"Only fifty copies of the work were produced in a hand-painting method on wax paper. It was not for sale, but was donated to renowned university libraries, museums, and research institutes worldwide for research purposes" (
    jpg of list). "Volume 1 (Mi Xi Tu Kao) is the main body written in English, Volume 2 (Mi Shu Shi Zhong) is written in Chinese and is a collection of nine ancient Chinese works of sex literature, and Volume 3 (Hua Ying Jin Zhen) is the erotic paintings from the Ming dynasty that van Gulik collected." These have gone through several Chinese language editions that were more generally available. (www.encyclopedia.com). Pirated editions have occasionally circulated.

  2. R. H. van Gulik, Sexual Life in Ancient China... ca. 1500 B.C. till 1644 A.D.; Leiden, E.G. Brill, 1961 (392 pp)
    This book has some of the racy parts translated into Latin; this version is now available mainly through an edition published by Barnes and Noble. Some advertising announcements mistakenly add that this version has "a new introduction and bibliography by Paul R. Goldin". However, this is false. Goldin's work is only in the $195 Brill edition. Of that edition
    Brill says, "In 1961 Robert van Gulik published his pioneering overview of Sexual Life in Ancient China. This edition of the work is preceded by an elaborate introduction by Paul Rakita Goldin assessing the value of Van Gulik’s volume, the subject itself, and its author. The introduction is followed by an extensive and up-to-date bibliography on the subject, which guides the modern reader in the literature on the field which appeared after the publication of Van Gulik's volume. One of the criticisms in 1961 regarded the Latin translations of passages deemed too explicit by Van Gulik. In this 2002 edition all Latin has for the first time been translated into unambiguous English, thus making the full text widely available to an academic audience.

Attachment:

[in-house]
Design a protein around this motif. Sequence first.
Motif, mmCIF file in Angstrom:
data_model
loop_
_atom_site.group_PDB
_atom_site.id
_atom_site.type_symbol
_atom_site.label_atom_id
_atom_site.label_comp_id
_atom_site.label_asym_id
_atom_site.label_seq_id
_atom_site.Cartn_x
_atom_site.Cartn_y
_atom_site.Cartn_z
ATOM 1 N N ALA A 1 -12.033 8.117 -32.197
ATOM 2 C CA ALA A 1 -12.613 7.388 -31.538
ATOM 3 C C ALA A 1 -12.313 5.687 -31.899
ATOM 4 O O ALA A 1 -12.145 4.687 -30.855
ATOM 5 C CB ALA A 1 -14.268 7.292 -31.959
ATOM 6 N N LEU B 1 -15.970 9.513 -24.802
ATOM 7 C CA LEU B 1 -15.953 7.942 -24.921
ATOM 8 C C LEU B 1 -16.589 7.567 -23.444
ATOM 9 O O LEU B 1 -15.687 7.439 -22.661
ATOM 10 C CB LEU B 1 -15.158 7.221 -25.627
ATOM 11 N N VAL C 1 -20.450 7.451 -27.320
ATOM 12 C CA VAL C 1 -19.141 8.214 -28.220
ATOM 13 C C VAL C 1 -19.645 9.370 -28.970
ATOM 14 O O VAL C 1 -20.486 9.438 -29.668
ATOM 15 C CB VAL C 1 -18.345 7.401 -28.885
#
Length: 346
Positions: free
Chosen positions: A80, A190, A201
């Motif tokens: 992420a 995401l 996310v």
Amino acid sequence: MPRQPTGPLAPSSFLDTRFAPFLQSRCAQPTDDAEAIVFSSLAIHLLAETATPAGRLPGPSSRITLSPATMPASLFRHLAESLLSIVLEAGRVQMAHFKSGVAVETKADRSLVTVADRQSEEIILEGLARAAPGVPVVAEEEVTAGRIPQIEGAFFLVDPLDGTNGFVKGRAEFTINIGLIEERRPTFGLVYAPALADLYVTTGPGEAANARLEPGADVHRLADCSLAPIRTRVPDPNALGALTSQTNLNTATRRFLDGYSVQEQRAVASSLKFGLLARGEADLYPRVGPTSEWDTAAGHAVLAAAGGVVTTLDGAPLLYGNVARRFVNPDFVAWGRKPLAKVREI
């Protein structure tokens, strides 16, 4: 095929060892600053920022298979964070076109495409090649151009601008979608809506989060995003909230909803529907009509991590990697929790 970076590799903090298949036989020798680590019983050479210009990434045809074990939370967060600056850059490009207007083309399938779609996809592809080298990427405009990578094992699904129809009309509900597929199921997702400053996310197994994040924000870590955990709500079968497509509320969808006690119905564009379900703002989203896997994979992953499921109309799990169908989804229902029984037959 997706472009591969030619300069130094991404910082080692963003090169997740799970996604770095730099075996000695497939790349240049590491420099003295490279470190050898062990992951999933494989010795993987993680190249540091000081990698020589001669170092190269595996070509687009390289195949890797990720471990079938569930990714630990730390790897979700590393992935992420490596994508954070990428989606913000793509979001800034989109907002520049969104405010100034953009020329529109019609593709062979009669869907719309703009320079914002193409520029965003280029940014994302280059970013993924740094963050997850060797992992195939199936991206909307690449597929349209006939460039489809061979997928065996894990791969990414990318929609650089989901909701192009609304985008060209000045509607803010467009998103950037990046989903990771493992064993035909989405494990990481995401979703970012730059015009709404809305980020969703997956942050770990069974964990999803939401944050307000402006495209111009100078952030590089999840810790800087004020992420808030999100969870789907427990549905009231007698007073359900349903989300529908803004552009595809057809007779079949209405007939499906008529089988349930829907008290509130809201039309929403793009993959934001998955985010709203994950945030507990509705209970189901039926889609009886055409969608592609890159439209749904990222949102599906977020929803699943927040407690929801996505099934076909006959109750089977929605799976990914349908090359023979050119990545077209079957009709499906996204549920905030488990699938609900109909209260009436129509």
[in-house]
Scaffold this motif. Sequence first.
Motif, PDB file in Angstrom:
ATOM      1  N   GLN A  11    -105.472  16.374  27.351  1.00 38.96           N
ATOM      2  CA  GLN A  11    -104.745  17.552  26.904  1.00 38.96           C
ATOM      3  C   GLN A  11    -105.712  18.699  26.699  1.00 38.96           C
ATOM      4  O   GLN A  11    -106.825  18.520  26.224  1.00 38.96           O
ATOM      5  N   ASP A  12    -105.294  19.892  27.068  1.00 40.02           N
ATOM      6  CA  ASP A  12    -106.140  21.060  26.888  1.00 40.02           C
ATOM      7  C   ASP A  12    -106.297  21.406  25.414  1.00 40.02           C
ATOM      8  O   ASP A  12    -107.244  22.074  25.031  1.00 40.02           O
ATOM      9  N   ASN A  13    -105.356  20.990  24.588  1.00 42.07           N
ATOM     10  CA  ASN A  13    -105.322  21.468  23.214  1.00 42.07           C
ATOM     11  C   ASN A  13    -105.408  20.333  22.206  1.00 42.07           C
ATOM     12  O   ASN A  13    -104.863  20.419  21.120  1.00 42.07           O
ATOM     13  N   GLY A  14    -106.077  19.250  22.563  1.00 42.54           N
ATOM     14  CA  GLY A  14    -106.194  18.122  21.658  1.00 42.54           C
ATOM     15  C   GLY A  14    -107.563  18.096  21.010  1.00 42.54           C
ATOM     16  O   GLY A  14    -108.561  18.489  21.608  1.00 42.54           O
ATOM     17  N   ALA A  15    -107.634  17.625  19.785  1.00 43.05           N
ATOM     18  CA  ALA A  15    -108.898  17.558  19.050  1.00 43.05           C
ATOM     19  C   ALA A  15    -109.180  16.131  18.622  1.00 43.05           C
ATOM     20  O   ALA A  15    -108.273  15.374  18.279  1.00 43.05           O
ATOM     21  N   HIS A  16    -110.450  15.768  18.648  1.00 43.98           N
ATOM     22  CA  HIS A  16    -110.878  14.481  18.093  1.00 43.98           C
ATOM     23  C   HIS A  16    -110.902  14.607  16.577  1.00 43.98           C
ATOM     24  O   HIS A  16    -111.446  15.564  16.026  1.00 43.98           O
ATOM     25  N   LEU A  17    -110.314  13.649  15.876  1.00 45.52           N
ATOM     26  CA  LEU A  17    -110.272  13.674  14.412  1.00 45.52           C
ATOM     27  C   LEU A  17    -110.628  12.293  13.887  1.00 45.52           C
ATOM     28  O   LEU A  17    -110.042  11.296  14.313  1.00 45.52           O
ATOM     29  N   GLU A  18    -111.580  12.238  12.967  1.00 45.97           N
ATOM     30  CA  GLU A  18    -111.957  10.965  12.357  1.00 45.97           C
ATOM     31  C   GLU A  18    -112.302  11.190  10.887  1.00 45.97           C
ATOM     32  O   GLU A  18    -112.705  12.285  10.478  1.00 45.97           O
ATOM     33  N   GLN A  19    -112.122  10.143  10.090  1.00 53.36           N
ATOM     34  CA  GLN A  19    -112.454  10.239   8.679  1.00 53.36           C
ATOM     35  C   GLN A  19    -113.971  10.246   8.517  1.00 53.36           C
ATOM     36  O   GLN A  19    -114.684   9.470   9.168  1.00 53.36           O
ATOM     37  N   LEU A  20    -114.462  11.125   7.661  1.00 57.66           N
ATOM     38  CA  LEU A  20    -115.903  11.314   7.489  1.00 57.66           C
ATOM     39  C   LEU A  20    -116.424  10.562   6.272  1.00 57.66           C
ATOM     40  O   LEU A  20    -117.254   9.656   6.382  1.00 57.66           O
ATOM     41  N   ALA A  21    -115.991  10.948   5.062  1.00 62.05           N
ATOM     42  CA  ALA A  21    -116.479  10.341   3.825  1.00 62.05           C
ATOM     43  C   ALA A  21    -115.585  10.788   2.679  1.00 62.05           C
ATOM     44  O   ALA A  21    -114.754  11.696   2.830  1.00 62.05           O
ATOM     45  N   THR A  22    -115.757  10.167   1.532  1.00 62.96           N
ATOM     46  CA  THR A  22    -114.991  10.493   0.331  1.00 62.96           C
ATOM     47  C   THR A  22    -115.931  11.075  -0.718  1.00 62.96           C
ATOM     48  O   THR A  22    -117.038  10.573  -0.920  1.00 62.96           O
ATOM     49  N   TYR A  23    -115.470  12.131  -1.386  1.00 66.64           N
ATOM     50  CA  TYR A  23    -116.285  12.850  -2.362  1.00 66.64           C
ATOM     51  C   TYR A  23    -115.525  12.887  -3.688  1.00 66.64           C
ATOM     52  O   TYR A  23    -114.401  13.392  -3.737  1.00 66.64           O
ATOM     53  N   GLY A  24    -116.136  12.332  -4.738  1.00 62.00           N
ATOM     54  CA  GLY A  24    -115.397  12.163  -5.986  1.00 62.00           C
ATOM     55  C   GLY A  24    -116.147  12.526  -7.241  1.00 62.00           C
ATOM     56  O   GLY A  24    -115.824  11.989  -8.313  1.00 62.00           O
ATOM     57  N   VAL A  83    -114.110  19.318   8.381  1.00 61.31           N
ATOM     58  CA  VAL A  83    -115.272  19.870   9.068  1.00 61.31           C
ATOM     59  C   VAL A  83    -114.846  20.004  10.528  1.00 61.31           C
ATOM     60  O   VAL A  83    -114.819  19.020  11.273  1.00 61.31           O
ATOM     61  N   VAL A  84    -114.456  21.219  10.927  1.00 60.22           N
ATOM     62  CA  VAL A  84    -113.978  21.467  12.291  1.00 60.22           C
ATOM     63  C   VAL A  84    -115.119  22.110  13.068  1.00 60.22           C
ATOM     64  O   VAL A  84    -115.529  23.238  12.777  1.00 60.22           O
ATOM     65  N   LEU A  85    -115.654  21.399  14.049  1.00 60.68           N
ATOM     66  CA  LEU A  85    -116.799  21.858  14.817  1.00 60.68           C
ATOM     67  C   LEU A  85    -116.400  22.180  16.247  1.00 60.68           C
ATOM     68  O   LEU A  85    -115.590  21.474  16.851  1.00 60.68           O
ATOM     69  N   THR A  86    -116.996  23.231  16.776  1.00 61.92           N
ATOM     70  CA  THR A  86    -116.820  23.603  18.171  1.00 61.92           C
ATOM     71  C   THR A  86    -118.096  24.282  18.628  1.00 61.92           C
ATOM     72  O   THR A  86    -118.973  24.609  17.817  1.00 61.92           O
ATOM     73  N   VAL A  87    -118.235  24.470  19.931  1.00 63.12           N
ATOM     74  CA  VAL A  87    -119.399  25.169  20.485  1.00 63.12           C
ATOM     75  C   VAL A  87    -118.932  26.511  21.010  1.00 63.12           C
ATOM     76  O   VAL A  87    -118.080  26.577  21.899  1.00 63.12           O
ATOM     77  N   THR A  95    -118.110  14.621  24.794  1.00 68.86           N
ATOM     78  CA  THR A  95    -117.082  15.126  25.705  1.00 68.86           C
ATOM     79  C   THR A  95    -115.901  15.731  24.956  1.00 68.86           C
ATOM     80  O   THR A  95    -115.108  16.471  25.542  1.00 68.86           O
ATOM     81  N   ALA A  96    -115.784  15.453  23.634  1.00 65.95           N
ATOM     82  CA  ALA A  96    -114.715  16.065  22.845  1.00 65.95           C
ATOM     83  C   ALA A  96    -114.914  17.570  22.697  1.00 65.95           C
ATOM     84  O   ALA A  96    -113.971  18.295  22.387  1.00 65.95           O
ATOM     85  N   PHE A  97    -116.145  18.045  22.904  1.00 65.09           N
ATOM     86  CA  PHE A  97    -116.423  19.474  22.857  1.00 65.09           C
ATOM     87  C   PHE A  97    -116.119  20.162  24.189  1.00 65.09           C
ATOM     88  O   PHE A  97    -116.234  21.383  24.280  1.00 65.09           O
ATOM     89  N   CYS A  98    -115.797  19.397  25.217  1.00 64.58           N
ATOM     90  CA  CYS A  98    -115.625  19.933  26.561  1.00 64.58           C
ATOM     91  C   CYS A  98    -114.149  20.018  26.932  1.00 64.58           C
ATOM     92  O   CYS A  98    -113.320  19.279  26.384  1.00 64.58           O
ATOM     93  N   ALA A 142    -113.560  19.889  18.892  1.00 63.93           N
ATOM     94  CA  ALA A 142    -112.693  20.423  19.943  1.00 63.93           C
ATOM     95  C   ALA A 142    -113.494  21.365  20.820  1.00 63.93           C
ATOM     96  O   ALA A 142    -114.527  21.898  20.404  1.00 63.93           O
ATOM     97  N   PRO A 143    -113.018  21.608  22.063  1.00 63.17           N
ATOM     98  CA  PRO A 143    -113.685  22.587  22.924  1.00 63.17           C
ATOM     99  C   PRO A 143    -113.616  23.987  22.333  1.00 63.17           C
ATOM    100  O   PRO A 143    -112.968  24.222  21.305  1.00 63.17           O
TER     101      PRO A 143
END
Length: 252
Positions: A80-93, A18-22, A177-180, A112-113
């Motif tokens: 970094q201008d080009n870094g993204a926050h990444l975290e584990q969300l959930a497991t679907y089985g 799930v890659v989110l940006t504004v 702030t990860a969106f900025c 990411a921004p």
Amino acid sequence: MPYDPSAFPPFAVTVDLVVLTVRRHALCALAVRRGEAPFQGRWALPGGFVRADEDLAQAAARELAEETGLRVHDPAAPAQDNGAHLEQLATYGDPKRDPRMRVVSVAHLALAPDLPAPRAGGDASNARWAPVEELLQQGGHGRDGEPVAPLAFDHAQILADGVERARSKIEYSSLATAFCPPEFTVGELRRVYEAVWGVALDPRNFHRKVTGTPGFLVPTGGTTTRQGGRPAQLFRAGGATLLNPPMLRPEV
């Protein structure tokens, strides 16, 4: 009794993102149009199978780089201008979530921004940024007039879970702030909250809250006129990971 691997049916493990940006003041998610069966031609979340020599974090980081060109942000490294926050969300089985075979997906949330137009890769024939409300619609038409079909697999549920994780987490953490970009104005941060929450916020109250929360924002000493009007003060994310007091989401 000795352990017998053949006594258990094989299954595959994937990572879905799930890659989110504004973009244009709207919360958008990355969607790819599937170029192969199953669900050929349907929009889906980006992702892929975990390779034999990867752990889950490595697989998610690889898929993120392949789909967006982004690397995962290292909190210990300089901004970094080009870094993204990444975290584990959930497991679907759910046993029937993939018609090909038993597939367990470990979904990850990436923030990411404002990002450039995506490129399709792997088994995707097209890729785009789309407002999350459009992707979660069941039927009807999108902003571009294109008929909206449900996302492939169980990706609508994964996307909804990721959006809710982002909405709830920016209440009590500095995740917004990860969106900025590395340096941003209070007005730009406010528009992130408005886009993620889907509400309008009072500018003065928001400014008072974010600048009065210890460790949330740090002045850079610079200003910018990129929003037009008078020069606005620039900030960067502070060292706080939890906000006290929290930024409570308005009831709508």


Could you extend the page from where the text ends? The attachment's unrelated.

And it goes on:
References connected to these books can be found on several pages:

  1. Qin strings
  2. Film themes

See also this comment in connection with the famous erotic novel Jin Ping Mei.